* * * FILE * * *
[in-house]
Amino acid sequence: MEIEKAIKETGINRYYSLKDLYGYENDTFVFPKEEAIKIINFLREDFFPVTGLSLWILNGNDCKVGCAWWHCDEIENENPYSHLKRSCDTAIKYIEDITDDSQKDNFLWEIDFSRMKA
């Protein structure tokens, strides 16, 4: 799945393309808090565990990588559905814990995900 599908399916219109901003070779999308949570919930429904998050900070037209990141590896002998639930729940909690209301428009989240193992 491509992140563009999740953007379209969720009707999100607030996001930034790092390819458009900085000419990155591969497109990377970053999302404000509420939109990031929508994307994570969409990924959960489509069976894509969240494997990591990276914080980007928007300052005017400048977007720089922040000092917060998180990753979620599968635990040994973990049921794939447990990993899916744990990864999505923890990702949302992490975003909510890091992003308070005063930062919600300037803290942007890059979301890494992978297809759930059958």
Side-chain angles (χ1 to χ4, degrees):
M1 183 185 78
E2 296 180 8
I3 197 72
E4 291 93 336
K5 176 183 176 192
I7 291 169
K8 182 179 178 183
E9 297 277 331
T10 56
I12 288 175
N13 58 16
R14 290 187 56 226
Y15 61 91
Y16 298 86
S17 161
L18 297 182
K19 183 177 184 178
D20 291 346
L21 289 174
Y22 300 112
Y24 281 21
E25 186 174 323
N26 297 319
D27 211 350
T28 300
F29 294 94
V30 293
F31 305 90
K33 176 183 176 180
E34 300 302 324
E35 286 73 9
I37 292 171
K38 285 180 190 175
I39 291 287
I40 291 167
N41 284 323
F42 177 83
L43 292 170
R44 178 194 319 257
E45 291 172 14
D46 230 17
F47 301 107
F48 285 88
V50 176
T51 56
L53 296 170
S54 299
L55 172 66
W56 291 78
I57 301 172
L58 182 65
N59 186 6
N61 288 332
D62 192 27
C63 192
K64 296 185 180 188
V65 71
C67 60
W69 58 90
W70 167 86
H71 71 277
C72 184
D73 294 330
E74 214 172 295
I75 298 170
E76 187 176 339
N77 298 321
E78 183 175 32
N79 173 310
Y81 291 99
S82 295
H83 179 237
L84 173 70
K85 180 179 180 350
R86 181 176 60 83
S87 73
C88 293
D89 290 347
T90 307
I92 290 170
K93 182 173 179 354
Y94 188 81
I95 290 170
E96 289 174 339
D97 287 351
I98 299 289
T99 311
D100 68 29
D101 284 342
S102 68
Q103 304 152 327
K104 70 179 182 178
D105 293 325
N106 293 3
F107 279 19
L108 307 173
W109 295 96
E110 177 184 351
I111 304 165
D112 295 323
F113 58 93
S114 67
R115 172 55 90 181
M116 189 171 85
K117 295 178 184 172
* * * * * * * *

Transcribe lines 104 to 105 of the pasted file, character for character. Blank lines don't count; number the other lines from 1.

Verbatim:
D112 295 323
F113 58 93